With cancer claims and amphetamine-related false positives, this drug has a strange history of controversy. But there is one remaining point to this drug that has more substance. When Zantac contained ranitidine, it increased the absorption rate of alcohol. This effectively increases things like the risk of alcohol overdose and the amount of alcohol in the bloodstream. Zantac changes how the liver processes alcohol and lowers the levels of alcohol required to become intoxicated. 
According to the Centers for Disease Control and Prevention (CDC), alcohol use increases cancer risks, so it may be better to focus Zantac’s risk as a carcinogen on the drug’s secondary effects on alcohol and other substances. It is easy to dismiss this concern since ranitidine has been discontinued. 
Decreasing the Added Risk of Zantac Use
What difference does all this make if Zantac is now Zantac 360 and famotidine has replaced ranitidine? The answer is famotidine carries the same risk of increasing alcohol absorption. This means the concerns related to the increased risk of intoxication, alcohol overdose, and blood alcohol remain with the new version of Zantac. Because of this, it is important to monitor our alcohol use, especially when using drugs such as Zantac 360. 
If you or someone you know has alcohol use disorder (AUD), the best step is to detox from alcohol to decrease the added risk of mixing drugs like famotidine with substances like alcohol.  
Sources:
Zantac OTC. (n.d.). Zantac Homepage. Retrieved https://www.zantacotc.com/en-us/
Harvard Health. (2019, October 1). Popular Heartburn Drug Ranitidine Recalled: What You Need to Know and Do Retrieved https://www.health.harvard.edu/blog/popular-heartburn-drug-ranitidine-recalled-what-you-need-to-know-and-do-2019092817911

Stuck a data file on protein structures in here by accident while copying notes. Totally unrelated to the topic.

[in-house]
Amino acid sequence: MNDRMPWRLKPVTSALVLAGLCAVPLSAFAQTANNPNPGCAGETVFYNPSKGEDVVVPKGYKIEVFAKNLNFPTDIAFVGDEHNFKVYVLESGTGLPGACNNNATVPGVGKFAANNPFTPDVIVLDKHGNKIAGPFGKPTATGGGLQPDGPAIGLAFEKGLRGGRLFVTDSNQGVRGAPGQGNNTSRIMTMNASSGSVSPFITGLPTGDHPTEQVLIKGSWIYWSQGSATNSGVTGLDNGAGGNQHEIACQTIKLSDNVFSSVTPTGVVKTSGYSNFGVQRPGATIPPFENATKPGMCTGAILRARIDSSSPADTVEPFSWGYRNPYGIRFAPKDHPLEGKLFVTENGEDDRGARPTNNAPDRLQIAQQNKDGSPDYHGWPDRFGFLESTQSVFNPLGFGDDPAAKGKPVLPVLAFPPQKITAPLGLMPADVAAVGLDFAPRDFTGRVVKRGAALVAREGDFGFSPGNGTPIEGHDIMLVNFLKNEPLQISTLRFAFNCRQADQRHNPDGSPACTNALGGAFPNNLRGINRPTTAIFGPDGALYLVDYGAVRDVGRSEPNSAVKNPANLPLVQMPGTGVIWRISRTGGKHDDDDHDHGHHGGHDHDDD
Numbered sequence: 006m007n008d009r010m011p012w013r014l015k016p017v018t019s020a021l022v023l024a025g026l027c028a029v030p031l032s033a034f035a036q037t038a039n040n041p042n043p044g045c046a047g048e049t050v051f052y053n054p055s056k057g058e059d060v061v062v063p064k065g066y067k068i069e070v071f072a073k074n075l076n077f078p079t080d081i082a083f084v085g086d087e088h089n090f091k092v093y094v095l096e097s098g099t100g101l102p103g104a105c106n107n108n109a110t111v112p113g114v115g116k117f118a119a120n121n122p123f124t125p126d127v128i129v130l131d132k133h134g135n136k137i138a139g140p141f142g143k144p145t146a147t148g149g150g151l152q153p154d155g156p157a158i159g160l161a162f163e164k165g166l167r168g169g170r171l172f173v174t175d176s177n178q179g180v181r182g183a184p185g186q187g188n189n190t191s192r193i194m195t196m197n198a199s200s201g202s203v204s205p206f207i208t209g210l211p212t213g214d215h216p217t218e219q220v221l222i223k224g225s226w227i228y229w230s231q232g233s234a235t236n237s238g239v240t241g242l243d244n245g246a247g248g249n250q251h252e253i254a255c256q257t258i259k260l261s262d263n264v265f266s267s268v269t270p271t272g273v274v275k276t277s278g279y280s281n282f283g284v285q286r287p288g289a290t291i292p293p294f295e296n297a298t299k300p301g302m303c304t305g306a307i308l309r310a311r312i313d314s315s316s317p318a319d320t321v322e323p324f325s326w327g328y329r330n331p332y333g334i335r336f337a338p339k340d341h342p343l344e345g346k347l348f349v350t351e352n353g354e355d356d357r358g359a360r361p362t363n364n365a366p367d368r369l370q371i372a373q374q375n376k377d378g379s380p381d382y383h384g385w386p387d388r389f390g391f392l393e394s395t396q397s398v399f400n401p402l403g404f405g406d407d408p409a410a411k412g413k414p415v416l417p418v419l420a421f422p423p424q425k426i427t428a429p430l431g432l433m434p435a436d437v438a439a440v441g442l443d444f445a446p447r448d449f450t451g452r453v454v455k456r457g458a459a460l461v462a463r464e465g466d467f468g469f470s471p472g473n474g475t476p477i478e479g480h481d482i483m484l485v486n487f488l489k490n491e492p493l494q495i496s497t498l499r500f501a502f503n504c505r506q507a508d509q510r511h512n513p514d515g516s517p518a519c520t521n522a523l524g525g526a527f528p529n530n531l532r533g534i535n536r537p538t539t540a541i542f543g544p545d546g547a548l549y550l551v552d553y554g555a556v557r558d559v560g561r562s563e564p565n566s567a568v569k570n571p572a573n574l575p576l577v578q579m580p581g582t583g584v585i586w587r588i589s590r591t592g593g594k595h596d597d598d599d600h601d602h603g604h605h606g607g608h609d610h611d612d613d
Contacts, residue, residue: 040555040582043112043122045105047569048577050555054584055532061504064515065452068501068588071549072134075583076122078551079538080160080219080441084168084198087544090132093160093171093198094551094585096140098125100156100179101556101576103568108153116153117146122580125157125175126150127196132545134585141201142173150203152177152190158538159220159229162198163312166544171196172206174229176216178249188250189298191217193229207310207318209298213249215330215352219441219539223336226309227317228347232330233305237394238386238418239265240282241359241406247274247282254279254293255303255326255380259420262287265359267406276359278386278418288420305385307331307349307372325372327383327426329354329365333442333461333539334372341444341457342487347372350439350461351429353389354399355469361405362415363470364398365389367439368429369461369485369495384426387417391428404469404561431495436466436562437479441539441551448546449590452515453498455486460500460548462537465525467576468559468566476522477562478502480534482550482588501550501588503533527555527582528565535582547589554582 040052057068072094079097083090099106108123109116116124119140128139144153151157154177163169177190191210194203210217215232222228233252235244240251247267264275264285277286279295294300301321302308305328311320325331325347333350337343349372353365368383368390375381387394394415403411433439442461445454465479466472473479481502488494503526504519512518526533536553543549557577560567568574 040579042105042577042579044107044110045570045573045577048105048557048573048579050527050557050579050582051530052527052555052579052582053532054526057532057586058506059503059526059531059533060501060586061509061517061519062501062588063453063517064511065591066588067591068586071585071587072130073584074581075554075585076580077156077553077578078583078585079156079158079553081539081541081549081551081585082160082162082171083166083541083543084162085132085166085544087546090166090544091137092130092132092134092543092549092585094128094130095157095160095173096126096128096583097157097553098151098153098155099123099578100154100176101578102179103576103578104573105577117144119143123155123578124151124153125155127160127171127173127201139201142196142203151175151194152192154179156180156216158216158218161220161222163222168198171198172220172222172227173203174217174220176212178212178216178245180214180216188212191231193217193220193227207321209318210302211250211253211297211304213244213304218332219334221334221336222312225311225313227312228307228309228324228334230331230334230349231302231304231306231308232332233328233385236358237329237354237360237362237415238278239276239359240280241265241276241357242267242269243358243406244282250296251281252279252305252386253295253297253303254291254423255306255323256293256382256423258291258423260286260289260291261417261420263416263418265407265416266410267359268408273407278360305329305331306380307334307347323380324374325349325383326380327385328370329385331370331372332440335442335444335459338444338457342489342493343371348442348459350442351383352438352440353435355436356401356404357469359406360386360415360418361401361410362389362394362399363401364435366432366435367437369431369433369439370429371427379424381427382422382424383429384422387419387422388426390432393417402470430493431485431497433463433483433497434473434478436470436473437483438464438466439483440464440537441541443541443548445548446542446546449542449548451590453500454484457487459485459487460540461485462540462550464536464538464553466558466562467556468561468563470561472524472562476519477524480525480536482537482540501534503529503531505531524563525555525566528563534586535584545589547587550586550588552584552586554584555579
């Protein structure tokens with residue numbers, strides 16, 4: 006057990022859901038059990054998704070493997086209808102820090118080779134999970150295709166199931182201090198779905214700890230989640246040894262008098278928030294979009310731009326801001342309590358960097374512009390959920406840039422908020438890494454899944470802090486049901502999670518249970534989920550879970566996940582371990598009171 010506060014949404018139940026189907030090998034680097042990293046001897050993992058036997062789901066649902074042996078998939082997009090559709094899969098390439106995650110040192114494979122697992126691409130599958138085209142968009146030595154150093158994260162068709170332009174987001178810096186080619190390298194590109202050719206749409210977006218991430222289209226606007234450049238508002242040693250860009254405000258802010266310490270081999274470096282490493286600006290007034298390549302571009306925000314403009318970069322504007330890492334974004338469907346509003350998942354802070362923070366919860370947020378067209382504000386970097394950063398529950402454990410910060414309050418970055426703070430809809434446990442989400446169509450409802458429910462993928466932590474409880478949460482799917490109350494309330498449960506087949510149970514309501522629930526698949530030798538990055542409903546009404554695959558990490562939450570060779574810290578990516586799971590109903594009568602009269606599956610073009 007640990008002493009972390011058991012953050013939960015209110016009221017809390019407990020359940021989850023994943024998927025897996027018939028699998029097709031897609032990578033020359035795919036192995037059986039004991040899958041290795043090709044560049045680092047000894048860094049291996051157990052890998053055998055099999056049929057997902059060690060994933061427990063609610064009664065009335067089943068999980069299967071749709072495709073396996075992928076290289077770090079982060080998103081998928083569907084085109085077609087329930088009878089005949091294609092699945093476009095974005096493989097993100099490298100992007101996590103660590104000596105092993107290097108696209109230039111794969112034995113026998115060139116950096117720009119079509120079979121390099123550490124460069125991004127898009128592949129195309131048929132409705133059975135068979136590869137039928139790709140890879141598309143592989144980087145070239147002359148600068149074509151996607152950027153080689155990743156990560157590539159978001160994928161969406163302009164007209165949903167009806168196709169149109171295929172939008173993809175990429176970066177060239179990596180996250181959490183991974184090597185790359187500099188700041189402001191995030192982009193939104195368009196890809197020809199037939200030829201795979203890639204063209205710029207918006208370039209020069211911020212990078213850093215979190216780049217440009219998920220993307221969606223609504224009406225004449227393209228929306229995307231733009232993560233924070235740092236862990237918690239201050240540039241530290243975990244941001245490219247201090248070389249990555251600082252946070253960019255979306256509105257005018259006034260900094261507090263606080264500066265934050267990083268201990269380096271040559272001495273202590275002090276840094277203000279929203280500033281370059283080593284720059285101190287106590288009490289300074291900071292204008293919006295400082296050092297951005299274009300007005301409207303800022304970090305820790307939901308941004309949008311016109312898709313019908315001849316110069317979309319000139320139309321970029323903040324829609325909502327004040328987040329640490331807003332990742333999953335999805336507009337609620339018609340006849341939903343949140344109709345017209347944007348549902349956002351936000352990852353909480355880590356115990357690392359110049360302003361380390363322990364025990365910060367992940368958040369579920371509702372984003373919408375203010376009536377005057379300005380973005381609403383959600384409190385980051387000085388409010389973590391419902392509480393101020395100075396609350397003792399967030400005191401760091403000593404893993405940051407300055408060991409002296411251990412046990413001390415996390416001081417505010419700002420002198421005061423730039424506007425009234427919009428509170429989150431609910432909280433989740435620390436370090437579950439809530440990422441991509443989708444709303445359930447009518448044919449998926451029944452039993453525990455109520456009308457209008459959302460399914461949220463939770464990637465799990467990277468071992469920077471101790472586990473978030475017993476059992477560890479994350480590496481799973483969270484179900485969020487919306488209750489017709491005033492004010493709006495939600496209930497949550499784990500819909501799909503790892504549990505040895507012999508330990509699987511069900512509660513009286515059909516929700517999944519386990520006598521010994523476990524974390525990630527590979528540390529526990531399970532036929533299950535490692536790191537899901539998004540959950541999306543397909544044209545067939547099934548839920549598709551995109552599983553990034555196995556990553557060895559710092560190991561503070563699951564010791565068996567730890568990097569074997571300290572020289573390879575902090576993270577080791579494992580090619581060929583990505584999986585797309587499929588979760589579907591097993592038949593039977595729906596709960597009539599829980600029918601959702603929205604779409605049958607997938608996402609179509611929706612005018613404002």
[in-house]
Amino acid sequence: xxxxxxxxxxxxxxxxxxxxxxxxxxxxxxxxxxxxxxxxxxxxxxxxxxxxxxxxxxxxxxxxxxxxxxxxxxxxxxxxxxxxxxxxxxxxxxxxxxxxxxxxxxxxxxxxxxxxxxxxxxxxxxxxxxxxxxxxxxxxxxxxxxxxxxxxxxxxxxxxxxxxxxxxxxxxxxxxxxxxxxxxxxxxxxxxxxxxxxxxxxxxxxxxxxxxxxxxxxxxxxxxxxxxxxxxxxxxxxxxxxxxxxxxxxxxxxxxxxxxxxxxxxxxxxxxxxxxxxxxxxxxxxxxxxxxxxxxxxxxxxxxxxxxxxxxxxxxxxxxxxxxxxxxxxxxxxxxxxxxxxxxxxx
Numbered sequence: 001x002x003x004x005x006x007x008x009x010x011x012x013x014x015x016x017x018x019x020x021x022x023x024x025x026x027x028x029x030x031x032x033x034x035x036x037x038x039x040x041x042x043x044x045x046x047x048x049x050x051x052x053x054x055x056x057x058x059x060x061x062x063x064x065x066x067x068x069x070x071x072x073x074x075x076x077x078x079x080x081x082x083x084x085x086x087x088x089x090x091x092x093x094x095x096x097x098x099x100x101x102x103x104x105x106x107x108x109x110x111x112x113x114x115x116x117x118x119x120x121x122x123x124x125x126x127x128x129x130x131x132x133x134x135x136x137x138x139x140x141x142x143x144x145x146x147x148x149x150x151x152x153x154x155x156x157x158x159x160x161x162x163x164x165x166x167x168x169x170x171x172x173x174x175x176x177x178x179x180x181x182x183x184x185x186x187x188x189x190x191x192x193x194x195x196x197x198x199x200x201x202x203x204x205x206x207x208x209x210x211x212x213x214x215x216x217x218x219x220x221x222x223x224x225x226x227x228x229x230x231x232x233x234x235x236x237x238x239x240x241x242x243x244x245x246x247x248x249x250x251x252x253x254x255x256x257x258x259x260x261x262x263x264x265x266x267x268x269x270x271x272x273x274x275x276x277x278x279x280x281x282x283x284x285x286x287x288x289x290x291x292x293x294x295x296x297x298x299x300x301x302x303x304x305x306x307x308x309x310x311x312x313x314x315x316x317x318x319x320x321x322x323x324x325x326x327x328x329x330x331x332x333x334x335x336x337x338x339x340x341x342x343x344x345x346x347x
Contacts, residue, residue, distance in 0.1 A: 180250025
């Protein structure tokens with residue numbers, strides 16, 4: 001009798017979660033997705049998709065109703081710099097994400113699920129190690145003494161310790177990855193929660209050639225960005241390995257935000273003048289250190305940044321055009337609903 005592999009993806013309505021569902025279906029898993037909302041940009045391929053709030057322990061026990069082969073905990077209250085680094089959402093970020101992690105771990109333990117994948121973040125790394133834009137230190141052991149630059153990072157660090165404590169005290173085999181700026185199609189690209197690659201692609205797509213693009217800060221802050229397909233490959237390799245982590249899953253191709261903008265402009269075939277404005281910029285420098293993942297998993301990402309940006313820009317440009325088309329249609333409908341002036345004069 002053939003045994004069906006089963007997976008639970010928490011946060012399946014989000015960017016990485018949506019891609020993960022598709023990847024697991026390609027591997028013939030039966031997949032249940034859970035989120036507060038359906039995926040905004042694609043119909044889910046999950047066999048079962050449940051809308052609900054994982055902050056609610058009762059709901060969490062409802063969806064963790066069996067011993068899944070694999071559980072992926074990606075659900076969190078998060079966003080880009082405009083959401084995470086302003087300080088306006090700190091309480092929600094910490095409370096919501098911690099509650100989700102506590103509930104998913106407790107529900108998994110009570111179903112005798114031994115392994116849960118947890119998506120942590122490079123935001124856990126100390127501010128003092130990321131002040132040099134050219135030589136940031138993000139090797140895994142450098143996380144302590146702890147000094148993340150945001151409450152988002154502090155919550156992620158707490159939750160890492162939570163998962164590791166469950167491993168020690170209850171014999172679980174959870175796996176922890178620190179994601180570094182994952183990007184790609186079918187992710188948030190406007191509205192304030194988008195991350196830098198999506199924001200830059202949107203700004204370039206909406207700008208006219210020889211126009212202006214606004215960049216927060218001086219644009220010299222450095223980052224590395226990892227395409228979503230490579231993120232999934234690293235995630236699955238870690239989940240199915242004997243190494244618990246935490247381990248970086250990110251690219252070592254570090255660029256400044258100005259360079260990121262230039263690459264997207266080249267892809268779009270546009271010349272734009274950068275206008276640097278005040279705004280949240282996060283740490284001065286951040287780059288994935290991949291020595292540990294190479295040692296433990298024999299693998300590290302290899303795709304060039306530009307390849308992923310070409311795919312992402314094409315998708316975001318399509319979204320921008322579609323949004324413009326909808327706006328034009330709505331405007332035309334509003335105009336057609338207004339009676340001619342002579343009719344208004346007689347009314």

Food and Drug Administration. (2020 April 1). FDA Requests Removal of All Ranitidine Products (Zantac) from the Market. Retrieved https://www.fda.gov/news-events/press-announcements/fda-requests-removal-all-ranitidine-products-zantac-market
Drug Watch. (2022 November 22). Zantac Ranitidine Cancer Lawsuit Dismissed by United States Appeals Court. Retrieved https://www.drugwatch.com/news/2022/11/22/zantac-ranitidine-lawsuit-dismissed/
Reuters. (2022 December 7). Drugmakers’ huge win in consolidated Zantac case shows process can work for defendants. Retrieved https://www.reuters.com/legal/litigation/drugmakers-huge-win-consolidated-zantac-case-shows-process-can-work-defendants-2022-12-07/
National Library of Medicine. (2004 May 25). Interferences in Immunoassay. Retrieved https://www.ncbi.nlm.nih.gov/pmc/articles/PMC1904417/
National Library of Medicine. (2015 January 1). Ranitidine interference with standard amphetamine immunoassay. Retrieved https://pubmed.ncbi.nlm.nih.gov/25242739/
National Library of Medicine. (2000 January). Alcohol Levels Are Increased in Social Drinkers Receiving Ranitidine. Retrieved https://pubmed.ncbi.nlm.nih.gov/10638585/
Centers for Disease Control and Prevention. (2022 January 31). Alcohol and Cancer. Retrieved https://www.cdc.gov/cancer/alcohol/index.htm#:~:text=All%20alcoholic%20drinks%2C%20including%20red,the%20higher%20your%20cancer%20risk.
Medical News Today. (2022 November 22). What to Know About Pepcid and Alcohol. Retrieved https://www.medicalnewstoday.com/articles/pepcid-and-alcohol
Delphi Health Group. (n.d.).Guide to Alcohol Detox: Severity, Dangers, and Timeline. https://delphihealthgroup.com/alcohol/detox/

Powered by WPeMatico

Related Posts

Call Now
Directions